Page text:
Strategies to improve engagement with communities and coordinate with tribal governments is a priority. We can work together to develop an environmental justice implementation plan and community engagement plan. We're also coordinating with tribal governments on the development of a tribal consultation framework and on significant actions affecting Tribes’ rights and interests.
Working with the Environmental Justice Council
We're part of the newly-formed Environmental Justice Council and Interagency Work Group. These groups bring together environmental justice advocates, practitioners, and agency representatives to co-develop environmental justice guidance, recommend ways to identify overburdened communities, and create measures to track agency progress on environmental justice goals. Our processes and plans — in addition to community engagement and coordination with Tribes — will align with guidance from the Environmental Justice Council.
Council meetings will also provide an opportunity for the public and community members to give testimony and share their environmental justice concerns. You can subscribe to the Environmental Justice Council Email List to receive council updates.
Our community engagement plan
The HEAL Act requires seven state agencies to create and adopt community engagement plans by July 1, 2022. HEAL also states that the Environmental Justice Council will provide guidance on community engagement plans as agencies create and update them. HEAL also requires that each covered agency consider the guidance developed by the Council.
Our current draft community engagement plan has not yet been reviewed by the Environmental Justice Council. We're committed to a strong partnership with the Environmental Justice Council and mindful of our duty to the Washington Legislature and the people of Washington to adopt a community engagement plan by July 1, 2022. For these reasons, we've adopted a provisional draft plan that will be finalized and implemented after incorporating guidance from the Council and communities across Washington, and consultation with the Tribes. To see the draft, please contact email@example.com.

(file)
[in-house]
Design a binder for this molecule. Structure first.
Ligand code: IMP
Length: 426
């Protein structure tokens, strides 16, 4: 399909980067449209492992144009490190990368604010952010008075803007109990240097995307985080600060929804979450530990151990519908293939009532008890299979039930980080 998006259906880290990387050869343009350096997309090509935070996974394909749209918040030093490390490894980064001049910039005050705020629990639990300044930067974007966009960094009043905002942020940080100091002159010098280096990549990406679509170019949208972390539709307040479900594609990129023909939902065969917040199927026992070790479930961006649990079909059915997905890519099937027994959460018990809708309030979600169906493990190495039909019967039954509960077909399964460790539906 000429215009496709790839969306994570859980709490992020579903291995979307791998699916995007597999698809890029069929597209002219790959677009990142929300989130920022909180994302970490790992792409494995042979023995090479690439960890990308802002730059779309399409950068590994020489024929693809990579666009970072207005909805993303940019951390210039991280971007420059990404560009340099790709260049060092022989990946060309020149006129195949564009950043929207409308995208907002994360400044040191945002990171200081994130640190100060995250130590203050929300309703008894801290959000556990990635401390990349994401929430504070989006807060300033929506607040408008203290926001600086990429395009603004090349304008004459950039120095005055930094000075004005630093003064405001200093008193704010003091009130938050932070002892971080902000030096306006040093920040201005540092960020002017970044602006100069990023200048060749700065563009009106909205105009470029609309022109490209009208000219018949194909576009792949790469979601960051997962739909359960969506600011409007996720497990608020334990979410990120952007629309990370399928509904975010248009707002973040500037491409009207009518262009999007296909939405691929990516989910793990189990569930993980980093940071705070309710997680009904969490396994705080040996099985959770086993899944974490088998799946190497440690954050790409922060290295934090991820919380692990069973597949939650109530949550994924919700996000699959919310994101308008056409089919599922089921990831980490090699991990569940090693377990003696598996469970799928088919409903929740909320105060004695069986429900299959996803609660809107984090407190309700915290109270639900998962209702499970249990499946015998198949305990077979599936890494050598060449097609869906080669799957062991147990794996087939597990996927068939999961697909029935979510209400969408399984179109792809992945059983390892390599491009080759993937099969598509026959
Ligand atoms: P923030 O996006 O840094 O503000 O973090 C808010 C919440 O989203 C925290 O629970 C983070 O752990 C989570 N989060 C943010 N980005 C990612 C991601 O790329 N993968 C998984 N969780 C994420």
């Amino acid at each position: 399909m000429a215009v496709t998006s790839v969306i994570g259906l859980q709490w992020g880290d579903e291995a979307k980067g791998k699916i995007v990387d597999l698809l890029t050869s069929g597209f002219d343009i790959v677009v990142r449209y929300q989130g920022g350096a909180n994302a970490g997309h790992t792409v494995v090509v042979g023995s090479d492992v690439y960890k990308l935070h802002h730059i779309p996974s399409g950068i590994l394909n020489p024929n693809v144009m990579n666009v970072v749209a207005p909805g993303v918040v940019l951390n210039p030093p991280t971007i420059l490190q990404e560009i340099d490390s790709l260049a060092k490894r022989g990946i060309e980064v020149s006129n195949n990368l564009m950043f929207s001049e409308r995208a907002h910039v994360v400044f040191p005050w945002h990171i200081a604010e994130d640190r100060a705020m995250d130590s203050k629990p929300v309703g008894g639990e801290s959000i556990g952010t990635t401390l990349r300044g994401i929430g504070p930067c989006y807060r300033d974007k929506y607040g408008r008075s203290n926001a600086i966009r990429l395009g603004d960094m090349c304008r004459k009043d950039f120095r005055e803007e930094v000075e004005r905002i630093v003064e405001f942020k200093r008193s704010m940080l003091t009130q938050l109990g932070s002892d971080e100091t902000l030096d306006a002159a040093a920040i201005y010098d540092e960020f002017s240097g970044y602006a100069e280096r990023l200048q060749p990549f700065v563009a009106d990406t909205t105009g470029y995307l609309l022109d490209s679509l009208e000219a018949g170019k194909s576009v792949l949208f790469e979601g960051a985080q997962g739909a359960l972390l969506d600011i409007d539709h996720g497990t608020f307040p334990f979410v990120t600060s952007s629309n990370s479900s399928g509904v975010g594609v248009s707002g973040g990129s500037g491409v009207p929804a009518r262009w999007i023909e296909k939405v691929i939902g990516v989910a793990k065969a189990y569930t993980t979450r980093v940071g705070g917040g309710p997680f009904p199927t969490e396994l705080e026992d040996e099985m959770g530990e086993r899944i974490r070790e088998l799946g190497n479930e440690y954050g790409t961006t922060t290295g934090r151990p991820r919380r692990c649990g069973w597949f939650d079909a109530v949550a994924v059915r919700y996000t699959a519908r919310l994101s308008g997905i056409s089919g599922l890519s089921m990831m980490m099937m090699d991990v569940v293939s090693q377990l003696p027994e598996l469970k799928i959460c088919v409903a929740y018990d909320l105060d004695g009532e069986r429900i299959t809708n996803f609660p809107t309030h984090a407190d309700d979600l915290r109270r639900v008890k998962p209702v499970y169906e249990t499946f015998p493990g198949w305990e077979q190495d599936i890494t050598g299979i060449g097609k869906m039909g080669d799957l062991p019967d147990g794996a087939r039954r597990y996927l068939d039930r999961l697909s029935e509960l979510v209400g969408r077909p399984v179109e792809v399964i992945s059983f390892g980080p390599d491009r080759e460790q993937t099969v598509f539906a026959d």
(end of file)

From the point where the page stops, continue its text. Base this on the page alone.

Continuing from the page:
Evaluating health disparities
The Washington Department of Health's Environmental Health Disparities Map is a tool we use in our analysis and assessments. This approach incorporates health and environmental data to determine the combined burdens pollution and other factors place on a particular community. It is also required by HEAL.
The map compares environmental health disparities across the state, and includes data such as diesel emissions, ozone pollution, hazardous waste sites, poverty, and cardiovascular disease. This information can help us and other state agencies better understand community needs and guide the decisions we make.
Completing required actions
Our processes and plans are required to align with guidance from the Environmental Justice Council. We also are required to include a community engagement process and consultation with Tribes as we develop our Community Engagement Plan. The timelines for agencies to complete plans, processes, and other actions are:
- July 1, 2022: Develop an agency Community Engagement Plan.
- Sept. 1, 2022: Provide an annual report to the Environmental Justice Council.
- July 1, 2023: Include an implementation plan within the agency strategic plan.
- July 1, 2023: Publish and implement environmental justice budgeting principles.
- July 1, 2023: Conduct environmental justice assessments and reporting.
- Sept. 1, 2024: Publish a dashboard report.
- July 1, 2025: Define additional significant agency actions.